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Created in 2013, BelievePerform has rapidly grown to become one of the largest Sport Psychology sites in the world. We are proud to boast over 150 writers for our site including a number of elite athletes.
Within our society, youth sport participation is continually growing and recent figures have shown that 90% of American children participate in at least one sport before they leave high school (Salva, 2004). Team sports have now become an important place for our youth as they become a learning context in which people are taught a number of important skills which are all motivated by the coach. In this article we shall look at the different ways in which coaches interact with their players and the role which POWER plays within sport.
Teacher/Coach Power Use
To understand the coach athlete relationship it is extremely important to understand the role in which power plays within sport. Often power is viewed in a negative light and most people believe that power relates to a coach being in control of a situation and not allowing any freedom for their players. Power has been defined as “an individual’s capacity to influence another person to do something he/she would not have done had he/she not been influenced” (Richmond and McCroskey, 1984, p 125). Most research regarding power has looked at the influence teachers have on their students and therefore much of the research will relate to the teaching context. Researchers argue that if a teacher cannot influence a classroom, then a teacher will not be able to enhance the learning of students. This can also relate to the communication of power within the athletic context. For example, a coach’s effectiveness is also directly linked to their ability to communicate their power over athletes. French and Raven (1959) developed the idea of power and argued that people will draw upon different types of power in different situations (coercive, reward, legitimate, referent and expert)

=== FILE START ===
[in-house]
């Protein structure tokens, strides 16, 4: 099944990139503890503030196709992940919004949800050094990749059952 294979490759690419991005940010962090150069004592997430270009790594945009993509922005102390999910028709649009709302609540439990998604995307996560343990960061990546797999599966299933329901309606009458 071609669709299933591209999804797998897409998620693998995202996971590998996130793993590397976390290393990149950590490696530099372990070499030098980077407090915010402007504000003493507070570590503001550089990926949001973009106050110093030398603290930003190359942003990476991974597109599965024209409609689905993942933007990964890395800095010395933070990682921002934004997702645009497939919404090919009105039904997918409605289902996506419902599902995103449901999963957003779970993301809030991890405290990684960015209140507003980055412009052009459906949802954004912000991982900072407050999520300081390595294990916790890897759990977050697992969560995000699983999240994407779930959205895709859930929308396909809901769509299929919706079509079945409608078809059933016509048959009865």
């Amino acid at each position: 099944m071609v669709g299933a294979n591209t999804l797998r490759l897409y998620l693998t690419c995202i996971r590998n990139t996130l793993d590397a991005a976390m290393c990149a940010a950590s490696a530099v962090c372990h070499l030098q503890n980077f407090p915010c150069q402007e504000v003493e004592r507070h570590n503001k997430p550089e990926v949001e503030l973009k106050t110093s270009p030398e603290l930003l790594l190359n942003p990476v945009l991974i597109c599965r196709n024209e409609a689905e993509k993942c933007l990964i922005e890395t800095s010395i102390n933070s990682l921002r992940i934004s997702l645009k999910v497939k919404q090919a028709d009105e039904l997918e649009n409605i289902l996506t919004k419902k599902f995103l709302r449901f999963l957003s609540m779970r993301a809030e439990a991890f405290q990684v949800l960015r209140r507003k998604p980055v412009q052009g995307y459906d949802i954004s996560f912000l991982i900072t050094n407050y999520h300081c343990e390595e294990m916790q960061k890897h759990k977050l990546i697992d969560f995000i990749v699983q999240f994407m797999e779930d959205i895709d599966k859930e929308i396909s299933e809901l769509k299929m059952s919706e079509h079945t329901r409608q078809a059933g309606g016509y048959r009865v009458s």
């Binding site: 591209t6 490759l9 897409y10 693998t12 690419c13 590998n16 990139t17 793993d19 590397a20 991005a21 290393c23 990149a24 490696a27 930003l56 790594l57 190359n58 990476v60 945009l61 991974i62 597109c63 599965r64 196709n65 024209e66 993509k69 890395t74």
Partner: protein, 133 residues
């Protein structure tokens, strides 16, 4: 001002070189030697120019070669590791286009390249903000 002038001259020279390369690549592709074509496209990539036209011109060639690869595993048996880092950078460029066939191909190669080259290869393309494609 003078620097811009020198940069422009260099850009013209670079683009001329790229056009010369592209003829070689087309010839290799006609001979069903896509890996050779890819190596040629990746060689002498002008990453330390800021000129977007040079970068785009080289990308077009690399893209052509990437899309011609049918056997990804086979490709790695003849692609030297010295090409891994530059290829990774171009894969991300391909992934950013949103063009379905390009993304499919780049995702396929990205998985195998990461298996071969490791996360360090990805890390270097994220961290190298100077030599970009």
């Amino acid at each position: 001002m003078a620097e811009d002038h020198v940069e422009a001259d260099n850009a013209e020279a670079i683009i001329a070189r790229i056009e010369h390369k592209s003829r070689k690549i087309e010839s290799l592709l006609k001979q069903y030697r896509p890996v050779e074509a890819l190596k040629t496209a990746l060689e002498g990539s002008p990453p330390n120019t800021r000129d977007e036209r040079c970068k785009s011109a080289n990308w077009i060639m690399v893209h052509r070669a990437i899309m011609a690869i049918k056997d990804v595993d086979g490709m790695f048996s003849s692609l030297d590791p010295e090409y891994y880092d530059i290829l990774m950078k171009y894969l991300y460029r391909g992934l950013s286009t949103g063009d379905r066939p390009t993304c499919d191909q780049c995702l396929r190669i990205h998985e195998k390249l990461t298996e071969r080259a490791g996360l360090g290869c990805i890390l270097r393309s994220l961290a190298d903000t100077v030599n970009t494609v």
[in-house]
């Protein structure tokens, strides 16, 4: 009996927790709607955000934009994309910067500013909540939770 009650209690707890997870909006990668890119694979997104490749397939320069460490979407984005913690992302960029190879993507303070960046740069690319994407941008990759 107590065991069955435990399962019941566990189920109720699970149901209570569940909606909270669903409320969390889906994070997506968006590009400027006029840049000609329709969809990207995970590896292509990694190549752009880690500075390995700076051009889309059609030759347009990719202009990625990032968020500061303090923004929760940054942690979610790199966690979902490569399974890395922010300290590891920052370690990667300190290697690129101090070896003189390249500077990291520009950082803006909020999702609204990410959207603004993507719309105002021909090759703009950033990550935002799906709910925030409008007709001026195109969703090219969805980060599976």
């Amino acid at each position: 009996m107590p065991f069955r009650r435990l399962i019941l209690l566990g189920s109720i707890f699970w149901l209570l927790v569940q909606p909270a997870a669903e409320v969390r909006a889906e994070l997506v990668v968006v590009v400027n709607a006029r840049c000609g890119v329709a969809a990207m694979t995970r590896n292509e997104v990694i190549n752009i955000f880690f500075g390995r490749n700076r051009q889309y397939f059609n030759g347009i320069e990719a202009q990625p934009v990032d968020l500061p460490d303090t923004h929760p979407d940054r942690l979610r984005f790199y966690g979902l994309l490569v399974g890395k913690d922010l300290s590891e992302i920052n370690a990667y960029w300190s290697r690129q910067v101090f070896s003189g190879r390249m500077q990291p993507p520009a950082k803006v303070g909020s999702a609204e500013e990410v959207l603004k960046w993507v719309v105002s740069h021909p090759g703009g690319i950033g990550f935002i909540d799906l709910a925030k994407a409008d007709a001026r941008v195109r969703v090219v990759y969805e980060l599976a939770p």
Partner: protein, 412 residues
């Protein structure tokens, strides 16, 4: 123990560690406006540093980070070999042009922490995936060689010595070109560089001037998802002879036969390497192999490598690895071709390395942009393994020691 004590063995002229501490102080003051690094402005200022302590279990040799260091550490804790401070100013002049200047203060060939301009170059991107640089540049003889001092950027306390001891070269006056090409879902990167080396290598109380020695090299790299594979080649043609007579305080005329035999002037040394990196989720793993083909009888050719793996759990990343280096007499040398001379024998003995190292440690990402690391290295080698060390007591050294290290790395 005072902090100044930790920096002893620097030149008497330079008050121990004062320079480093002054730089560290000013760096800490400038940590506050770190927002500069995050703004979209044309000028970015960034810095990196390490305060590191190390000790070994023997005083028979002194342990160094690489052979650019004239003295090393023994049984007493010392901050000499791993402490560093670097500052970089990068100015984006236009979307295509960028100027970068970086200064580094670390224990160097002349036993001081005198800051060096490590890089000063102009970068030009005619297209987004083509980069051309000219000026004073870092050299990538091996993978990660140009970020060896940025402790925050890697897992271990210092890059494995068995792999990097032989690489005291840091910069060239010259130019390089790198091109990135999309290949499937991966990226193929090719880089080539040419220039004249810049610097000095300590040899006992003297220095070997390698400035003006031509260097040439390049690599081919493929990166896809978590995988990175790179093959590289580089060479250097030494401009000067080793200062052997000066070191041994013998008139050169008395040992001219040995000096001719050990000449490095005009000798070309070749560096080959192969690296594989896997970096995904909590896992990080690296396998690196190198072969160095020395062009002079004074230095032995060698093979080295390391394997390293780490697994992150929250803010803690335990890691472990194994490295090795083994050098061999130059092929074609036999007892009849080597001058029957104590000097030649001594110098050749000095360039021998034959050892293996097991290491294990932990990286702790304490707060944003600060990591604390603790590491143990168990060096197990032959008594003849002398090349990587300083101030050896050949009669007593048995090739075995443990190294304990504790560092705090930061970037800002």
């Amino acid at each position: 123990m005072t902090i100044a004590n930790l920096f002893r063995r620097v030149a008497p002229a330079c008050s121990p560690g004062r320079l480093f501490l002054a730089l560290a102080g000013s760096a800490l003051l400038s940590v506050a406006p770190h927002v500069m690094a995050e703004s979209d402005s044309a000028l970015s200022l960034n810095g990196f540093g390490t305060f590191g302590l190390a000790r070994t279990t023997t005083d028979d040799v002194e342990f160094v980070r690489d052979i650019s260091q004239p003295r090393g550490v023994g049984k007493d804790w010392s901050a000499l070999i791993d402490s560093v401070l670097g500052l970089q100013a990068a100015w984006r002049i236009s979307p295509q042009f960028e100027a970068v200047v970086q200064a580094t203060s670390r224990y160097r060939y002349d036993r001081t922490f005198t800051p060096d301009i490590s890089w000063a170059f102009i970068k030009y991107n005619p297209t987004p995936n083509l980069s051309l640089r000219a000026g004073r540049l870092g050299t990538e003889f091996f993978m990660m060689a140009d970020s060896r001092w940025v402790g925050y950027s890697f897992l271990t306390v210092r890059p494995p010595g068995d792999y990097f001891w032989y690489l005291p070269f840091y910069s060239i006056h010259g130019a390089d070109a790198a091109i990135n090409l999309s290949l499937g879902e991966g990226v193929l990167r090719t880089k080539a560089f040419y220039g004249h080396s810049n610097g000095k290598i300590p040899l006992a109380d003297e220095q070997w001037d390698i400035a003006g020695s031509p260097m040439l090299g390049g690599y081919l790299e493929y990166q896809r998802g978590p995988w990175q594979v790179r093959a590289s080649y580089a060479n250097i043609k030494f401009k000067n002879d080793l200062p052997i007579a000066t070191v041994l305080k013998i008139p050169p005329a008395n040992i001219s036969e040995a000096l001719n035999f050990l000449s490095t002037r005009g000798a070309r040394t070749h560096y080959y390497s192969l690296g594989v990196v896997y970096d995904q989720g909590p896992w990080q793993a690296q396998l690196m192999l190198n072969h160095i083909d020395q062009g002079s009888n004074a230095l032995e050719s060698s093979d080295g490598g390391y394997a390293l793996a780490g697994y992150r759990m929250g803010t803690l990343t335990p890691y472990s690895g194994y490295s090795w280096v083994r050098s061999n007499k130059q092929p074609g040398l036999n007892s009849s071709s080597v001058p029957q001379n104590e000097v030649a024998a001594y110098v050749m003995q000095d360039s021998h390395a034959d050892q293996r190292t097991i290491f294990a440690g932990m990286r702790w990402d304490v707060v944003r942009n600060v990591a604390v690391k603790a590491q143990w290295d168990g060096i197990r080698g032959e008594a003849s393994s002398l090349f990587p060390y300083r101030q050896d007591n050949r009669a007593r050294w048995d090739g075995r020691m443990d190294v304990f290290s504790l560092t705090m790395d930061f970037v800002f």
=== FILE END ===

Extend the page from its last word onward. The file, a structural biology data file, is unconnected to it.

This type of power relates to the expectation that a student will be punished if they fail to follow rules which are set by teachers. This type of power is dependent upon the students belief that the teacher will go through with the form of punishment. In relation to a coach, this type of power can relate to forms of punishment such as increased physical activity or verbal abuse.
This type of power relates to rewards which are obtained after a behaviour is performed. This type of coach reward power is seen as extremely important for athletes as it is highly valued by athletes (increased playing time). Other types of coach reward power can relate to positive feedback such as praising athletes.
This type of power is associated with the position in which the coach or teacher may have. Legitimate power suggests that the person holding the position has the ability to make specific demands which are associated with the role of their position. Athletes are more likely to listen to what their coach has to say due to the nature of that position and when they begin to question this power it begins to weaken.
This type of power refers to how teachers can connect with their students on an interpersonal level. This type of power will come from the students as it depends on how much they can identify themselves with the teacher. This can be very different in a coaching situation as athletes spend much longer with their coaches and are more likely to have a closer interaction
Expert power relates to the way in which students perceive the competence of their teachers. For example, if a teacher does not understand what they are teaching then their ability to control their students will be weakened. For coaches this can be determined by the amount of success they have had. A coach with little success is more likely to have weakened expert power.